Dornfeld & Nasis, LLP, Hauppauge, N.Y. (Tara L. Pisciotto of counsel), for nonparty-appellant.
Kaufman Borgeest & Ryan, LLP, Valhalla, N.Y. (Jacqueline Mandell of counsel), for respondent.
MARK C. DILLON, J.P., L. PRISCILLA HALL, SHERI S. ROMAN, JEFFREY A. COHEN, JJ.
DECISION & ORDER
In an action, inter alia, to recover damages for negligence and violation of Public Health Law § 2801-d, Faruk Terpis, as executor of the estate of Hatice Terpis, appeals from an order of the Supreme Court, Queens County (O'Donoghue, J.), entered July 6, 2012, which denied his motion pursuant to CPLR 1015 for leave to substitute himself as a party plaintiff in place of Hatice Terpis and to amend the caption accordingly, and granted the defendant's cross motion pursuant to CPLR 1021 to dismiss the complaint for failure to timely substitute a representative, with prejudice.
ORDERED that the order is affirmed, with costs.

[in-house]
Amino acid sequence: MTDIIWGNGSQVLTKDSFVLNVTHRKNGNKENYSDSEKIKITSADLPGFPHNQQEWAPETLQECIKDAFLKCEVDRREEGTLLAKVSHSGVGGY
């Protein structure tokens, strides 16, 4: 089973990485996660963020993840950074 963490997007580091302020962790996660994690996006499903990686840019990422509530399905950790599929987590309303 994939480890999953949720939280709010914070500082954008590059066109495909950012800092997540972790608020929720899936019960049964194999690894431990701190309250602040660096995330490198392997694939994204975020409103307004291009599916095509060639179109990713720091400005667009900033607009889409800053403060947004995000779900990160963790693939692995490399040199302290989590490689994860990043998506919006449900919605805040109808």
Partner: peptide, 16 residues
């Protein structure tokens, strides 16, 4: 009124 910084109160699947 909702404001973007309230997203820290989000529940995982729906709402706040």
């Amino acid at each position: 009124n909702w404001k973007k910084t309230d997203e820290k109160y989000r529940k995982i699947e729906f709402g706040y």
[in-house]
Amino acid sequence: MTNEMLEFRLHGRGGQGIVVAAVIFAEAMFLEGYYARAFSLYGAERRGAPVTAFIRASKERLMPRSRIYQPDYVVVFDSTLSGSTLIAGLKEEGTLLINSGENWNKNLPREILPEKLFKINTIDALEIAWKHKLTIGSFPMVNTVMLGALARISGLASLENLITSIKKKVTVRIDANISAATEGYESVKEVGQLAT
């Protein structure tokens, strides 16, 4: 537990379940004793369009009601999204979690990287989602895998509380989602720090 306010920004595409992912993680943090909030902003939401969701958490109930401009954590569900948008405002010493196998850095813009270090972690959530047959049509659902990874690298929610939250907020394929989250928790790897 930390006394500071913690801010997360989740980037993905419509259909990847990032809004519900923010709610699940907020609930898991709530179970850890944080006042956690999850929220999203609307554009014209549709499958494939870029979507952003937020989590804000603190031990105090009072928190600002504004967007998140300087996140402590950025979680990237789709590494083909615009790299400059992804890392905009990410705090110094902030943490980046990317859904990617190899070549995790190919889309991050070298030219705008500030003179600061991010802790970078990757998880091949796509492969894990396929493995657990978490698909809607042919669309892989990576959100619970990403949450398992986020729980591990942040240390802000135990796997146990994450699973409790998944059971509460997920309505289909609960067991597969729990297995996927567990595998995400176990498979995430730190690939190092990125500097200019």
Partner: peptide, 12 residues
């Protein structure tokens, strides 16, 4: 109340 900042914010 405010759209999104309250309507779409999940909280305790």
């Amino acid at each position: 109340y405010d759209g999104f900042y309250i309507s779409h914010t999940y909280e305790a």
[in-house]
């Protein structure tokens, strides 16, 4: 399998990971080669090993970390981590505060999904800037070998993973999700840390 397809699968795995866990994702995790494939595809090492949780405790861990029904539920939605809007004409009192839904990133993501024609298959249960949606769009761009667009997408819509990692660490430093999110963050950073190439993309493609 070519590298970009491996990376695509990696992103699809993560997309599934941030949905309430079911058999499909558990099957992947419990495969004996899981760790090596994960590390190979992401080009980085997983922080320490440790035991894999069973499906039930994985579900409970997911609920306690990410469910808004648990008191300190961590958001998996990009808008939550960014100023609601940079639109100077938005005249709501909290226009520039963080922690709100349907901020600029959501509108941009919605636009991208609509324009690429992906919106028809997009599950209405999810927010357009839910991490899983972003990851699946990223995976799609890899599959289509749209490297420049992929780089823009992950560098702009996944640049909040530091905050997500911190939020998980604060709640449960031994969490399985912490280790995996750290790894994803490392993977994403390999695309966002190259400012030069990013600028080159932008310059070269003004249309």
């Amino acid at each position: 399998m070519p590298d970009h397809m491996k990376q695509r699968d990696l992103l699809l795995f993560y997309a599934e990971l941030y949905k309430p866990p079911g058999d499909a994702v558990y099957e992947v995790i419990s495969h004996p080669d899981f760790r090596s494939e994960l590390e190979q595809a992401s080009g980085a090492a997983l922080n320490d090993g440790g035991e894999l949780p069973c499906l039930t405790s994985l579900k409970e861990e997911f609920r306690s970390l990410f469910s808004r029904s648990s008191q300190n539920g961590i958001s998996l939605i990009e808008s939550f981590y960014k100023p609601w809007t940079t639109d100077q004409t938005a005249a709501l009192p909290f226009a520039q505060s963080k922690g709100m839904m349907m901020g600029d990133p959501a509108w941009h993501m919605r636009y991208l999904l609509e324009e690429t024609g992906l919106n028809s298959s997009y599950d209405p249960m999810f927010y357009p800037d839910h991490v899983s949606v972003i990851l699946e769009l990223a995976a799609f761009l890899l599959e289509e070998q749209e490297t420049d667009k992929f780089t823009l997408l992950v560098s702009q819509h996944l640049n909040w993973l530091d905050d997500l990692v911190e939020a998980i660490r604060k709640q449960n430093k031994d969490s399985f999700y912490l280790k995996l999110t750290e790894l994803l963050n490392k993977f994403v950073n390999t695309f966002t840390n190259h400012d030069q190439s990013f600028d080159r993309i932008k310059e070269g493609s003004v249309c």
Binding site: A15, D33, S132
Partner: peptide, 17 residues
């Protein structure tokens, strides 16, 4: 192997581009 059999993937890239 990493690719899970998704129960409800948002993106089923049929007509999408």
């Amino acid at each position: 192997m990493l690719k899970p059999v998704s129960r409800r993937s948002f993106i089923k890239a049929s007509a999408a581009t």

CPLR 1021 provides, in pertinent part, "[i]f the event requiring substitution occurs before final judgment and substitution is not made within a reasonable time, the action may be dismissed as to the party for whom substitution should have been made, however, such dismissal shall not be on the merits unless the court shall so indicate." CPLR 1021 requires a motion for substitution to be made within a reasonable time (see Reed v Grossi, 59 A.D.3d 509, 511). The determination of reasonableness requires consideration of several factors, including the diligence of the party seeking substitution, the prejudice to the other parties, and whether the party to be substituted has shown that the action or the defense has potential merit (see Largo-Chicaiza v Westchester Scaffold Equip. Corp., 90 A.D.3d 716, 717; Borruso v New York Methodist Hosp., 84 A.D.3d 1293, 1294; Reed v Grossi, 59 A.D.3d at 511).
The Supreme Court providently exercised its discretion in denying the appellant's motion pursuant to CPLR 1015 for leave to substitute himself as a party plaintiff and granting the defendant's cross motion pursuant to CPLR 1021 to dismiss the complaint, in light of the 21-month delay in obtaining preliminary letters testamentary, the further one-year delay in seeking substitution, the failure to demonstrate a reasonable excuse for the delays, the absence of any affidavit of merit, and the prejudice to the defendant (see Borruso v New York Methodist Hosp., 84 A.D.3d 1293; Thompson v Clearway Auto., Inc., 50 A.D.3d ...